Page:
When Customers Have Concerns, Be Timely

If customers express concerns, complains, or disputes, always respond in as timely a fashion as possible. To do so, you need to set up a clear and efficient process for addressing customer complaints.

When a customer complains about one of their charges, your payment processing partner will notify you. Once you receive this notification, act on it immediately. Your process should include these steps:

1.   Identify the Source

Identify the source and look for a reason code for the chargeback. Reason codes accompany every disputed charge, and are meant tell you why the customer attempted to reverse the charge. Reason codes are often categorized either as a merchant error or as some kind of fraud attempt. However, reason codes will be exploited by scammers to attempt to paint a fraudulent chargeback as legitimate.

2.   Identify Whether or Not the Chargeback is “Friendly Fraud”

“Friendly Fraud” is where a customer intentionally disputes a charge, hoping to keep both your product and their money. Often this is due to buyer’s remorse, but there are other potential reasons that a chargeback could be legitimate: maybe their kid grabbed their phone and made the purchase, or they made the purchase using a spouse’s account without their permission.

Most times, unfortunately, the intent of friendly fraud is malicious. In these cases, customers know they made the purchase and are just trying to see if they can get their money back. If you can identify this type of fraudulent activity, you have a chance to beat the chargeback. Successful identification and handling of friendly fraud will improve your risk profile in the eyes of banks, showing them that you aren’t disputing charges lackadaisically.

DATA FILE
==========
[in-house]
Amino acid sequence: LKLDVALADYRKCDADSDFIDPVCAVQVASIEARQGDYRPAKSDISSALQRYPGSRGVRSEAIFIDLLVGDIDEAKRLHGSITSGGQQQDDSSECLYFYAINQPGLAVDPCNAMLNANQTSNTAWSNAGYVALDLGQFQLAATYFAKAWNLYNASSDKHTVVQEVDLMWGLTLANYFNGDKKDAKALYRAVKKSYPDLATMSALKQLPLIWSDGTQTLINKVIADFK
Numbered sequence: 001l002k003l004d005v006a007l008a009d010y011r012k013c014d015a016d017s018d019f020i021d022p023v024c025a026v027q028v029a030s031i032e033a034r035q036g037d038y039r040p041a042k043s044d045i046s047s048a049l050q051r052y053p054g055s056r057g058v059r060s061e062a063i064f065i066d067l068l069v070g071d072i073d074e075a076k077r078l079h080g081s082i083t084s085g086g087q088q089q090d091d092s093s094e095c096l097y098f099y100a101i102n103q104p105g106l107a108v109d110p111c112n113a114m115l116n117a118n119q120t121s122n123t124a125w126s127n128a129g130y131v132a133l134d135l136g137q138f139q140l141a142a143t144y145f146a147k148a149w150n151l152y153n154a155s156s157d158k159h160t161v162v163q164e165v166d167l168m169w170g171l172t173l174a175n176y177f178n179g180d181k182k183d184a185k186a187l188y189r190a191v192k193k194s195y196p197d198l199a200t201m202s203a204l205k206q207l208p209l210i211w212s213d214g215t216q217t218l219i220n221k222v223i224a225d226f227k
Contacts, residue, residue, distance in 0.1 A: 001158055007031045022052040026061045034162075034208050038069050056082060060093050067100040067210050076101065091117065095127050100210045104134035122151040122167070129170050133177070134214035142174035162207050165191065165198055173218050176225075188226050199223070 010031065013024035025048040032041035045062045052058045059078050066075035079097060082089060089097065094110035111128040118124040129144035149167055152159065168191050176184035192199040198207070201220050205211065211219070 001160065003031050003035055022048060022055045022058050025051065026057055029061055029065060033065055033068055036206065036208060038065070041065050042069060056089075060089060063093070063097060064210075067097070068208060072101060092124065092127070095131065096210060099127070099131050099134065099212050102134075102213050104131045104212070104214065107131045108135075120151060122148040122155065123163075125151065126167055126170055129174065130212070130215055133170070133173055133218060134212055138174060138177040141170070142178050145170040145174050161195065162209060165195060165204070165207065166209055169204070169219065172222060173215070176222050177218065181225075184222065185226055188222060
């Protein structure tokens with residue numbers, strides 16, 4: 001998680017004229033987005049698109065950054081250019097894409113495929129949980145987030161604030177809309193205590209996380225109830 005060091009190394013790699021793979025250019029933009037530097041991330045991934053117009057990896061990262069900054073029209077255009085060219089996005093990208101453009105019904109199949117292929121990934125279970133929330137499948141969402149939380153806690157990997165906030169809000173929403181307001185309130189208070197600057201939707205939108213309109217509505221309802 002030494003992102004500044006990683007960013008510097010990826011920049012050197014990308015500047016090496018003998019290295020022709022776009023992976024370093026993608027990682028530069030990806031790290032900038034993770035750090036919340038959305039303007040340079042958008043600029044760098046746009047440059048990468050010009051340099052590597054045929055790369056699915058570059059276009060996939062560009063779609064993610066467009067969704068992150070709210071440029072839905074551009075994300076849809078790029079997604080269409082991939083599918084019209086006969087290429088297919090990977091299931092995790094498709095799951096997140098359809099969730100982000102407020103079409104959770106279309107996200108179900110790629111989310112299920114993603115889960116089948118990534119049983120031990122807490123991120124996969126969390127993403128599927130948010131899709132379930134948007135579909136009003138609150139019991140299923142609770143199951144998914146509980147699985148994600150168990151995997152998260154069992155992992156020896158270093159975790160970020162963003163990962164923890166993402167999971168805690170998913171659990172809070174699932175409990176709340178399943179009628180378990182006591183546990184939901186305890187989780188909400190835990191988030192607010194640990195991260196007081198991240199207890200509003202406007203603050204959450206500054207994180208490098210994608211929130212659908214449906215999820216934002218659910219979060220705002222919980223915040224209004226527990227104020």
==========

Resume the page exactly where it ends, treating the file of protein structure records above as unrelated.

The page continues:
3.   Fight the Chargeback

Fight the chargeback by gathering all of your evidence (more on this next), and submitting it to your merchant bank as part of your chargeback dispute.

How to Fight Chargebacks

Ever ask yourself, “How do I fight credit card chargebacks?” Follow these steps:

Gather Evidence

Gather up all your records and evidence (this is where your excellent recordkeeping habits come into play). Your evidence should include materials supporting everything that you need to show the bank in order to convince them of your side of the dispute. Gather the following evidence via computer screenshots, and highlight the relevant parts.

To take screenshots, use the “Print Screen” button on your keyboard. Then open image editing software, start a new file, and use the “paste” function. Your screenshot should appear. You can then use the software’s editing function to highlight or circle the relevant parts in a bright color.

  • Your company’s policies wherever they are displayed on your payment gateway/website, and during the buying process. This includes cancellation, refund policy, the renewal and return policy, and your website’s terms of service (ToS)
  • The customer’s IP address, available from your website’s analytics tools
  • As complete a collection of possible of all the web pages showing the customer’s check-out process and purchase confirmation
  • Proof of delivery of the purchased merchandise to the customer
  • Any ongoing use of your website or ecommerce store by the same customer (determined via activity on your site from the same IP address as the customer)
  • A full payment and purchase history from the customer in question

Look Out for Signs of Fraud

As a merchant, you need to be on the constant lookout for any signs that fraudsters are buying from your business. With good recordkeeping and transaction histories, this isn’t difficult, but requires constant vigilance. A human owner or employee should be reviewing transactions daily to be on the lookout for any of the following signs: